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Emerald Ash Borer Beetle

Emerald Ash Borer Beetle

The emerald ash borer threatens America's ash trees. Promise you won't move firewood.

The Emerald Ash Borer (Agrilus planipennis or EAB) is responsible for the destruction of tens of millions of ash trees in 30 states. Native to Asia, it likely arrived in the United States hidden in wood packing materials. The first U.S. identification of Emerald Ash Borer was in southeastern Michigan in 2002. There are a variety of treatment options that can serve as a control measure for the EAB, but they are not a cure. Because pesticide regulations differ from State to State, homeowners should contact their State department of agriculture or local extension office for guidance.

Latest News

APHIS is proposing to remove the domestic quarantine regulations for EAB. The proposed rule is available in the Federal Register and open for comment through November 19, 2018. Comments regarding the proposed rule for deregulation may be submitted by either of the following methods:

  • Federal eRulemaking Portal: Go to!docketDetail;D=APHIS-2017-0056.
  • Postal Mail/Commercial Delivery: Send your comment to Docket No. APHIS-2017-0056, Regulatory Analysis and Development, PPD, APHIS, Station 3A-03.8, 4700 River Road, Unit 118, Riverdale, MD 20737-1238.

The beetle is currently found in Alabama, Arkansas, Colorado, Connecticut, Delaware, Georgia, Illinois, Indiana, Iowa, Kansas, Kentucky, Louisiana, Maryland, Massachusetts, Michigan, Minnesota, Missouri, Nebraska, New Hampshire, New Jersey, New York, North Carolina, Ohio, Oklahoma, Pennsylvania, Tennessee, Texas, Virginia, West Virginia and Wisconsin.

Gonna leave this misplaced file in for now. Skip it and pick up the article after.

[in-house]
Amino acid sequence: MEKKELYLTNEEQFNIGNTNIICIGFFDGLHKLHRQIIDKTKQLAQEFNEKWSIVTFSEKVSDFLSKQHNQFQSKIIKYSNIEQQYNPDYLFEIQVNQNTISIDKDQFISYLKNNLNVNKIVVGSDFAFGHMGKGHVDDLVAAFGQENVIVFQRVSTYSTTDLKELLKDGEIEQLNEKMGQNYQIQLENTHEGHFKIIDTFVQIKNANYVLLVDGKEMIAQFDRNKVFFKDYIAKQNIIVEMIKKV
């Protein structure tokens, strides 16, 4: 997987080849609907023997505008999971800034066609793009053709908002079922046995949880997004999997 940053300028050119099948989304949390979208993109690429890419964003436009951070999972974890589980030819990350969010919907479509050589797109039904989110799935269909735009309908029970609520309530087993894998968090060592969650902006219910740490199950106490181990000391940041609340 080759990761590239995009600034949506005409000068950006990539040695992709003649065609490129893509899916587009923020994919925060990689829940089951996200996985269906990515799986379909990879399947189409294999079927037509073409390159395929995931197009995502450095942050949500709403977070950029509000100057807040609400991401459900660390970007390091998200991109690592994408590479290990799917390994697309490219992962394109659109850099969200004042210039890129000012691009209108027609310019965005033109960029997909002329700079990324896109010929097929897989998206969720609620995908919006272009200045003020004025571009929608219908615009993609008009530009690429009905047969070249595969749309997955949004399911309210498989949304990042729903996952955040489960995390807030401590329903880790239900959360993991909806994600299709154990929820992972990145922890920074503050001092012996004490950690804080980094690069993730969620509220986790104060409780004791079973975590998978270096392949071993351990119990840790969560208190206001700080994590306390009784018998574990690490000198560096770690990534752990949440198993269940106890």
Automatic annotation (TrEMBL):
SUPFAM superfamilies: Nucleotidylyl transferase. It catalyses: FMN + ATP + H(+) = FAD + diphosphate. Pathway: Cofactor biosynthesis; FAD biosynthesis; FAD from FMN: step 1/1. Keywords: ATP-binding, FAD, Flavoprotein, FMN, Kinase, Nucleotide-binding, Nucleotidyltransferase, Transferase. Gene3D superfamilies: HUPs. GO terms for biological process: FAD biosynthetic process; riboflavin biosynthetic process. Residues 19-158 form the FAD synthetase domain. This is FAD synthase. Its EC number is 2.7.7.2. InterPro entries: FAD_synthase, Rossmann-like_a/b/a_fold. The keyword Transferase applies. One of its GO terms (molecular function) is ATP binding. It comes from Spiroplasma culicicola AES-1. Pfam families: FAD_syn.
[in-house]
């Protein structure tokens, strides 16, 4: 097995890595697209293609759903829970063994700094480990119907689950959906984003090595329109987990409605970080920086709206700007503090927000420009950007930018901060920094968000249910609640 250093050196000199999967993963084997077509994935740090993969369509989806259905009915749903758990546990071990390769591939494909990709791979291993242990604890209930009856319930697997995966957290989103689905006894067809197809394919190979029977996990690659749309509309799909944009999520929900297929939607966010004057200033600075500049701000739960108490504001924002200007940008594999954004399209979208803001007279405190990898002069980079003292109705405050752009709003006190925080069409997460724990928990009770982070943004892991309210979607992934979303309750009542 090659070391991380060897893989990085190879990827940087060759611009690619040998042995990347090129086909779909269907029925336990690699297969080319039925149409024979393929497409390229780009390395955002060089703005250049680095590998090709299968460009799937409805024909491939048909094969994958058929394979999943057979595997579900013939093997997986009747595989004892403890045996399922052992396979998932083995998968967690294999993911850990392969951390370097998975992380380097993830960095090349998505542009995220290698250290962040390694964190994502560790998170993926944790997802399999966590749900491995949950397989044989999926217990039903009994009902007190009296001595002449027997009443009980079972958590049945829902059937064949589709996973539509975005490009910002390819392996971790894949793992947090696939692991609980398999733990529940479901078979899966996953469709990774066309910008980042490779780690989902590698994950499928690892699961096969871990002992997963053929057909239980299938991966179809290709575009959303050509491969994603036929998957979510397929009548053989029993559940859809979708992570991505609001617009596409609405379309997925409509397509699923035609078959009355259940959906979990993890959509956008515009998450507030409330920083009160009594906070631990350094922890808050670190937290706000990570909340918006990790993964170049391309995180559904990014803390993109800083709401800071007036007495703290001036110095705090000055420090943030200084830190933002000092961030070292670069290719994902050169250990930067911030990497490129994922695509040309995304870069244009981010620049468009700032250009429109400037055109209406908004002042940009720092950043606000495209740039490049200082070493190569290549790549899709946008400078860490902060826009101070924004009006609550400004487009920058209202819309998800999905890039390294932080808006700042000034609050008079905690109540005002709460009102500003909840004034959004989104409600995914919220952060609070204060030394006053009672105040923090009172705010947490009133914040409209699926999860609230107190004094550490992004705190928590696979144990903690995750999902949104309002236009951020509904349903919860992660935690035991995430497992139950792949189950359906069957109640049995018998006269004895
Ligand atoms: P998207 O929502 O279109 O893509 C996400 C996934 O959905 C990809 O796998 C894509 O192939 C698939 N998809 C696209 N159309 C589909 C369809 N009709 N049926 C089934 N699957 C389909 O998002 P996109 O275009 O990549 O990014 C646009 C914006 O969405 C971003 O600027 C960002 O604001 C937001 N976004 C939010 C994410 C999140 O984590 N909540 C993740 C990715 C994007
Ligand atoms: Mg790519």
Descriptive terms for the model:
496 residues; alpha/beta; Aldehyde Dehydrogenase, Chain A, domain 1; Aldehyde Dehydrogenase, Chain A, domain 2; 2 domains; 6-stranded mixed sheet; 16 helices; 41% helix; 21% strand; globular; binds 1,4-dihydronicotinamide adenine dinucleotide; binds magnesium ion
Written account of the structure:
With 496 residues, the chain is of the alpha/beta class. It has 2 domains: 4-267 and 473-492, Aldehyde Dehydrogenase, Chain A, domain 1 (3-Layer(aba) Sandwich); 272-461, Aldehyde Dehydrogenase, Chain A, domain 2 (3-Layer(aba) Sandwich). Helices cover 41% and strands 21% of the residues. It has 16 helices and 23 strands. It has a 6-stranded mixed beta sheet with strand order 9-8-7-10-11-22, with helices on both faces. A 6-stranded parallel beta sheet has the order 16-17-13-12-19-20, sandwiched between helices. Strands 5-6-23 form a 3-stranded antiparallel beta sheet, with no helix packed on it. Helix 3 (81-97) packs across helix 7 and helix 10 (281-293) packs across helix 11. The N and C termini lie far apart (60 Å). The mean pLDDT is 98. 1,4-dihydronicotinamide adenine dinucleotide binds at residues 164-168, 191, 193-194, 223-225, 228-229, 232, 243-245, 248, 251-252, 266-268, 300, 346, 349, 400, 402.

See Pest Tracker for details
  • All 16 species of ash trees
  • White Fringetree
  • Firewood
  • Ash wood products
  • Infested ash plantings and trees
  • Ash wood packing material
  • Ash wood debris and trimmings, including chips
  • These materials can spread the infestation even if no beetles are visible.
  • Yellow, thin or wilted foliage
  • Unusual woodpecker presence and pecking holes
  • D-shaped beetle exit holes
  • Shoots growing from roots or a tree's trunk, often with larger-than-normal leaves
  • Don't move firewood. EAB larvae can survive hidden in the bark of firewood. Remember: buy local, burn local.
  • Inspect your trees. If you see any sign or symptom of an EAB infestation, contact your State agriculture agency.
  • Talk to friends, neighbors and co-workers about EAB and what they should be aware of on their trees.
  • Ask questions. If you receive ash nursery stock or firewood, know its point of origin and your supplier, as larvae could be hiding under the bark.
  • Know State and Federal regulations. Make sure you understand regulations that govern your state and those you may visit.
  • Know the quarantines in your area and learn to leave Hungry Pests behind.


What's at Risk from the Emerald Ash Borer:

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